Does secondary structure determine tertiary structure in proteins?

Haipeng Gong, George D. Rose

Research output: Contribution to journalArticlepeer-review


Is highly approximate knowledge of a protein's backbone structure sufficient to successfully identify its family, superfamily, and tertiary fold? To explore this question, backbone dihedral angles were extracted from the known three-dimensional structure of 2,439 proteins and mapped into 36 labeled, 60° × 60° bins, called mesostates. Using this coarse-grained mapping, protein conformation can be approximated by a linear sequence of mesostates. These linear strings can then be aligned and assessed by conventional sequence-comparison methods. We report that the mesostate sequence is sufficient to recognize a protein's family, superfamily, and fold with good fidelity.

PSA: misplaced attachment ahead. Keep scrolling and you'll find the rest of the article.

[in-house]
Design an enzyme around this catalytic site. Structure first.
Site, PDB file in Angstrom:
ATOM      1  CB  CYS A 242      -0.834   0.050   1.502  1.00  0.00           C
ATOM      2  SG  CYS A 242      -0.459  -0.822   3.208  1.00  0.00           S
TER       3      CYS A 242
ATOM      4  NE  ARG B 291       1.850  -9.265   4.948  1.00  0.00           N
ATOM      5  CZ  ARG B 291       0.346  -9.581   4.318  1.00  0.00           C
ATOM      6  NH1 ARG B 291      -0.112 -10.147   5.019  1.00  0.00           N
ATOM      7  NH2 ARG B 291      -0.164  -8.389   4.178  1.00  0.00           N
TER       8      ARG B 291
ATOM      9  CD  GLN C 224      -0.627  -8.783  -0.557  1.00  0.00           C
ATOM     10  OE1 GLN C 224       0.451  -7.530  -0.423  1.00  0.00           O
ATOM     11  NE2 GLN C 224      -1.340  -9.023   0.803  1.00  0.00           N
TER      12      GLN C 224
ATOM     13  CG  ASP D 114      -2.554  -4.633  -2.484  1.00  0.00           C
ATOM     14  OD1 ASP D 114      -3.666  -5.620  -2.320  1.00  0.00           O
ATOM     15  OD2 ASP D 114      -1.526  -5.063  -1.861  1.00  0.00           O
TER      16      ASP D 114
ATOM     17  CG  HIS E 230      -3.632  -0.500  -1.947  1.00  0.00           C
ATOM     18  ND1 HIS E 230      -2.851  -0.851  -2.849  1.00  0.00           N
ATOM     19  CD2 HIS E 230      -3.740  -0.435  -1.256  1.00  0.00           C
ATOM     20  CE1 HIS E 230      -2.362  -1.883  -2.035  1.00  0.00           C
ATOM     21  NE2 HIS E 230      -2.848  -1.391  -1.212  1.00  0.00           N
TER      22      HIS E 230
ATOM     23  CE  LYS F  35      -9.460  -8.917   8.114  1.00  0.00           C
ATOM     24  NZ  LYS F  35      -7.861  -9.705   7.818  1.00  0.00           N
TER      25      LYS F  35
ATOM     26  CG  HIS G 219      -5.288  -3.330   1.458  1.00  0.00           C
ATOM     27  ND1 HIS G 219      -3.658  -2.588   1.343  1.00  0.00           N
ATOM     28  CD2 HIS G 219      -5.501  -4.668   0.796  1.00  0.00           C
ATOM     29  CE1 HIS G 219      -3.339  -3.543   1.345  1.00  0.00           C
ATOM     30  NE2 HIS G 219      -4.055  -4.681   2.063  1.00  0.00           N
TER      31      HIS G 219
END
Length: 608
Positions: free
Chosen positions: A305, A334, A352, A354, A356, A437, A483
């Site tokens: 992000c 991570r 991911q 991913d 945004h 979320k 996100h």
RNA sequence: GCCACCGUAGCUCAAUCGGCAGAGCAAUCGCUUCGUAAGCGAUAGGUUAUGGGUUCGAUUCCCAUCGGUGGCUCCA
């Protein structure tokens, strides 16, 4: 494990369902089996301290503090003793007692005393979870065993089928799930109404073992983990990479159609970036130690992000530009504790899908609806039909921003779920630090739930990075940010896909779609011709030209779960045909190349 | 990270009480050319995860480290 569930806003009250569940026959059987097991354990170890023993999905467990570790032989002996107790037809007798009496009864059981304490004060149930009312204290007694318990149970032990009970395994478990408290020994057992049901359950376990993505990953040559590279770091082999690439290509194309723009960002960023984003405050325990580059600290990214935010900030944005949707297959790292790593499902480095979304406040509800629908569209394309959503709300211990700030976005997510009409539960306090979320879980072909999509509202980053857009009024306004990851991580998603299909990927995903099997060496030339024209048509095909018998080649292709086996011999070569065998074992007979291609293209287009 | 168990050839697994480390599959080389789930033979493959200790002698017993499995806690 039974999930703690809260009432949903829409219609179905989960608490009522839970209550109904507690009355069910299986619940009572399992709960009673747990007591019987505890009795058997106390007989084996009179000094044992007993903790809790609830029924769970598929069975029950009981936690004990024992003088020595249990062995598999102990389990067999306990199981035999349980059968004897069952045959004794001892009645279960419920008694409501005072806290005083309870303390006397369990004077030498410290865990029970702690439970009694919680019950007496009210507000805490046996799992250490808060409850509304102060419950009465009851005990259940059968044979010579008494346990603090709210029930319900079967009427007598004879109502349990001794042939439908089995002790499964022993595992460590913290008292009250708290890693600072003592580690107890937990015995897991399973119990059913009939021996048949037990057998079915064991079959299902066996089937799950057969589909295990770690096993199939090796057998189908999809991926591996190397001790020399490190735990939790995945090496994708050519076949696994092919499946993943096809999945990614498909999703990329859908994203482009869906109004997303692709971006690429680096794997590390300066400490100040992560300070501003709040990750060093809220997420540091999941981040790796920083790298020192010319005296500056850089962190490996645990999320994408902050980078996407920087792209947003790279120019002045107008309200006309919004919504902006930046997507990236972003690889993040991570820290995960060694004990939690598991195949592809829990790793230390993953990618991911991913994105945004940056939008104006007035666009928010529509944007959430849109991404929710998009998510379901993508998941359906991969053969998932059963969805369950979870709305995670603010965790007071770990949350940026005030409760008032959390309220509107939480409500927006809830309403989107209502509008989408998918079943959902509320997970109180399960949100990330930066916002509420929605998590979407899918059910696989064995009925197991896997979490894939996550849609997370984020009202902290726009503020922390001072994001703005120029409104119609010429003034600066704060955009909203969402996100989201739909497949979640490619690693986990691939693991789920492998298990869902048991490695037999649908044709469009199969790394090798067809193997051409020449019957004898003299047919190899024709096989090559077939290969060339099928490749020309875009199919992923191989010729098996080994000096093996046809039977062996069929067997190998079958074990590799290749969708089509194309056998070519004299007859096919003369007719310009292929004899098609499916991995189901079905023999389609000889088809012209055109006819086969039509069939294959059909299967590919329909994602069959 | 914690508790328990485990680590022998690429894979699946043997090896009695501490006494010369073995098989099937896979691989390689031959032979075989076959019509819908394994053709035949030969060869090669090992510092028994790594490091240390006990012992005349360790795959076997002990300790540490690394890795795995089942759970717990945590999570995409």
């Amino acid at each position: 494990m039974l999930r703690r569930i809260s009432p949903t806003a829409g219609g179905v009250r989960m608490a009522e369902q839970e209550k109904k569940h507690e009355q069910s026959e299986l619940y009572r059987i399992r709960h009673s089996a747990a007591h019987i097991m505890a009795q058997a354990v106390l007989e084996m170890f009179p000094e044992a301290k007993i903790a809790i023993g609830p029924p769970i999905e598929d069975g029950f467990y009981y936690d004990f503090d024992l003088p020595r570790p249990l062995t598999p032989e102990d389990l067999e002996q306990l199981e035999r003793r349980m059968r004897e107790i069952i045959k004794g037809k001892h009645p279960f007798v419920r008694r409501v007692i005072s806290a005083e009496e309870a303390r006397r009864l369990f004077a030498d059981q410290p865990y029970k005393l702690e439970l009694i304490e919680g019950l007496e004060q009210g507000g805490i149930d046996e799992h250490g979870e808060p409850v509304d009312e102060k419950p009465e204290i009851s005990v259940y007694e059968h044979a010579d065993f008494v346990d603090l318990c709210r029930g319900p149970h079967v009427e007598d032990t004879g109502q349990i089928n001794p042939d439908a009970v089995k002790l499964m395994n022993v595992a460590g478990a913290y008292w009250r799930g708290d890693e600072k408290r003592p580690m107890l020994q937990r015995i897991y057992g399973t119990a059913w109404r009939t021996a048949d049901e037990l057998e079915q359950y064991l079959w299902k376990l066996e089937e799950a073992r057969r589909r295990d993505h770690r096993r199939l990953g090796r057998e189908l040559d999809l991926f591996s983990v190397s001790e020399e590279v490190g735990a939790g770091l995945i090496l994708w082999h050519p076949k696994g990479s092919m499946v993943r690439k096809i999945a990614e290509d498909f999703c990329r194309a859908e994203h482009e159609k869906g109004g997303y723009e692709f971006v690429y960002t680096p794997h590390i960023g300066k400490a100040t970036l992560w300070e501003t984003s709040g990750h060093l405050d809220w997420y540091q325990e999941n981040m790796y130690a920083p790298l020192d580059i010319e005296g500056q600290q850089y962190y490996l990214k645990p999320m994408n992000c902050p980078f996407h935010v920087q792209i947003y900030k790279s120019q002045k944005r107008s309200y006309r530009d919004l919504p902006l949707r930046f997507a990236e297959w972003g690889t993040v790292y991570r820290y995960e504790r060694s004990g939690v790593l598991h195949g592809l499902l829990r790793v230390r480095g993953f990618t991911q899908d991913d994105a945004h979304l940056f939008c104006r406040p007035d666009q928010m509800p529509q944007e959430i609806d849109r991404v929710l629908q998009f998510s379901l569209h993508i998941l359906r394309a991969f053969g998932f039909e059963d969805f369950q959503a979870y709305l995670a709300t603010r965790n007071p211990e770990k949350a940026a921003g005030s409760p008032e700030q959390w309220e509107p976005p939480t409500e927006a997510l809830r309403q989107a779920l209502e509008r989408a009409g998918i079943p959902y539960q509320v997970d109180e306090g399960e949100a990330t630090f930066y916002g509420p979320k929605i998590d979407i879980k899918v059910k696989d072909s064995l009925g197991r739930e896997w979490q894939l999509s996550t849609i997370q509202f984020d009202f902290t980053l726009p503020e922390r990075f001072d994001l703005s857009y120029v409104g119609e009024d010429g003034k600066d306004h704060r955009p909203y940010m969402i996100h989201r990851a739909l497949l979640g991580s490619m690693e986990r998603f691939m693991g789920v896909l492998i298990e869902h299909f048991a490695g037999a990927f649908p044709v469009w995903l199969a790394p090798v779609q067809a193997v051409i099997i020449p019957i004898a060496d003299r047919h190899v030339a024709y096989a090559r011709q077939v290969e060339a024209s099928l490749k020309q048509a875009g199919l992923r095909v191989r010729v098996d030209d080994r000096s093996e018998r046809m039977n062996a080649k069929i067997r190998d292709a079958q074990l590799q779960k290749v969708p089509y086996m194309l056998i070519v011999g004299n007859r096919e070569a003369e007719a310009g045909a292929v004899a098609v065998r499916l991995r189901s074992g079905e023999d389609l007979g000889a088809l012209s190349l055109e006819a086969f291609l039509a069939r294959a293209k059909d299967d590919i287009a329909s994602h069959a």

Original languageEnglish (US)
Pages (from-to)338-343
Number of pages6
JournalProteins: Structure, Function and Genetics
Issue number2
StatePublished - Nov 1 2005

ASJC Scopus subject areas

  • Structural Biology
  • Biochemistry
  • Molecular Biology


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